enjoy the Christmas countdown – all my tips, menu and time plan

One week today we’ll all have loose buttons and, hopefully a few nice new toys to read and play with. But between now and then it is all a bit crazy.

This year I’m cooking Christmas dinner for 12 people. It is our first one in our new house and our first one in England after 5 years of living away. I can’t wait but I know that unless I plan ahead I won’t get to enjoy it as much. So, with a week to go I wanted to share my tips for enjoying the run up to the big day. I’ve also added my timing plan and menu for Christmas Day. I hope it helps you have a fab Christmas.

Don’t forget, if you’ve not yet finished buying gifts, you can buy them through my amazon shop – check out my top gifts for cooks and all my most-used tried and tested kitchen kit. Or have a go at making some homemade gifts using some of the recipes I shared here.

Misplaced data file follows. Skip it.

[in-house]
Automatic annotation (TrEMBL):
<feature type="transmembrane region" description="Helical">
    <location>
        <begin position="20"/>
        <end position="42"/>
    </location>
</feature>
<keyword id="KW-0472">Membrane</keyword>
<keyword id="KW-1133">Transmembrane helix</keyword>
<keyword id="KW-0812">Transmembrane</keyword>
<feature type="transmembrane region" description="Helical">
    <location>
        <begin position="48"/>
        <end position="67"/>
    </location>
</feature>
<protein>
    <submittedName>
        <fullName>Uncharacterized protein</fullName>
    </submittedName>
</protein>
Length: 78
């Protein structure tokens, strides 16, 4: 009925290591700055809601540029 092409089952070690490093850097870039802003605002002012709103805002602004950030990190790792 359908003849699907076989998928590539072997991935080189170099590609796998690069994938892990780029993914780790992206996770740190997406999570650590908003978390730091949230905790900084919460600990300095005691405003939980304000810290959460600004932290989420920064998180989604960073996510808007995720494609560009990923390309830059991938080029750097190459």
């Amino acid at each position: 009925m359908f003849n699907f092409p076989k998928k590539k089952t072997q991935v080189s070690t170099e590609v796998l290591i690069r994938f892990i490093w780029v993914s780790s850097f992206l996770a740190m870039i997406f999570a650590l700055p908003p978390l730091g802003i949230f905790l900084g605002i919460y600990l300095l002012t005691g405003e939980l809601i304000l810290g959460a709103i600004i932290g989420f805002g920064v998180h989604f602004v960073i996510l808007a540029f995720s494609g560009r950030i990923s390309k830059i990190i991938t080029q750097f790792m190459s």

one week to go

  1. Get yourself a notebook and make lists of all the meals you’ll be making over the festive period. I started a new book this year and plan to keep it for every Christmas so that I can look back and see who I ate what with. In years to come I’m sure it will bring back memories of our changing family and the food trends I have gently included in our feasts. It will also make future years easier to plan.
  2. Write the page name and book of any new recipe you’re including. Also include what you’ve asked other people to bring, and what you plan to make ahead.
  3. Once you have your menus down, make a list of what you’ll need to buy (by aisle at the shop – being obsessive about this at home will save you stress and time in the busy shops).
  4. Write a rough list of jobs/timing plan for Christmas Eve and Christmas Day (or copy the one below)
  5. Clear clutter from the kitchen and create a cool place where food can be stored when the fridge is too full – a shelf in the garage or utility room or even a cool guest bedroom.